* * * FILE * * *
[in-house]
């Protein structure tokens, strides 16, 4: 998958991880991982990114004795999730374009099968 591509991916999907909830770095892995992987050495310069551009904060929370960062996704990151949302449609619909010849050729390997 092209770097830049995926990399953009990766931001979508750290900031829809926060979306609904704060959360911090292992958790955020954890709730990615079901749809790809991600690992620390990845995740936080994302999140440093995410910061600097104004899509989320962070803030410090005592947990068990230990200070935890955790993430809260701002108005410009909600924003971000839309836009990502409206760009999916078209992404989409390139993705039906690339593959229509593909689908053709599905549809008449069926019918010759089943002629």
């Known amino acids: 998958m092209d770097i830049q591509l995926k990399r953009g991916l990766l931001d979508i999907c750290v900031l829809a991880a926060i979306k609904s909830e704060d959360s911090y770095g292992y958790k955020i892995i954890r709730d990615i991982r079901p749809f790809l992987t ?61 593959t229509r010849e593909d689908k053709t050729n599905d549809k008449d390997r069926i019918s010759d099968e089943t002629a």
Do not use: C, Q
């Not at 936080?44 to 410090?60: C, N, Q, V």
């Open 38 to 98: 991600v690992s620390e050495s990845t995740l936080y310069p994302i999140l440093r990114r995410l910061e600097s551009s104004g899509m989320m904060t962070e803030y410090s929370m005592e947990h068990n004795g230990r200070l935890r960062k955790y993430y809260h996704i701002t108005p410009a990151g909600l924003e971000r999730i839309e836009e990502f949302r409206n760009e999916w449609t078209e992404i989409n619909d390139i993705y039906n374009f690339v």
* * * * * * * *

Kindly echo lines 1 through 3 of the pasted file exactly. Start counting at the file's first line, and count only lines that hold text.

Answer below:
[in-house]
């Protein structure tokens, strides 16, 4: 998958991880991982990114004795999730374009099968 591509991916999907909830770095892995992987050495310069551009904060929370960062996704990151949302449609619909010849050729390997 092209770097830049995926990399953009990766931001979508750290900031829809926060979306609904704060959360911090292992958790955020954890709730990615079901749809790809991600690992620390990845995740936080994302999140440093995410910061600097104004899509989320962070803030410090005592947990068990230990200070935890955790993430809260701002108005410009909600924003971000839309836009990502409206760009999916078209992404989409390139993705039906690339593959229509593909689908053709599905549809008449069926019918010759089943002629």
């Known amino acids: 998958m092209d770097i830049q591509l995926k990399r953009g991916l990766l931001d979508i999907c750290v900031l829809a991880a926060i979306k609904s909830e704060d959360s911090y770095g292992y958790k955020i892995i954890r709730d990615i991982r079901p749809f790809l992987t ?61 593959t229509r010849e593909d689908k053709t050729n599905d549809k008449d390997r069926i019918s010759d099968e089943t002629a």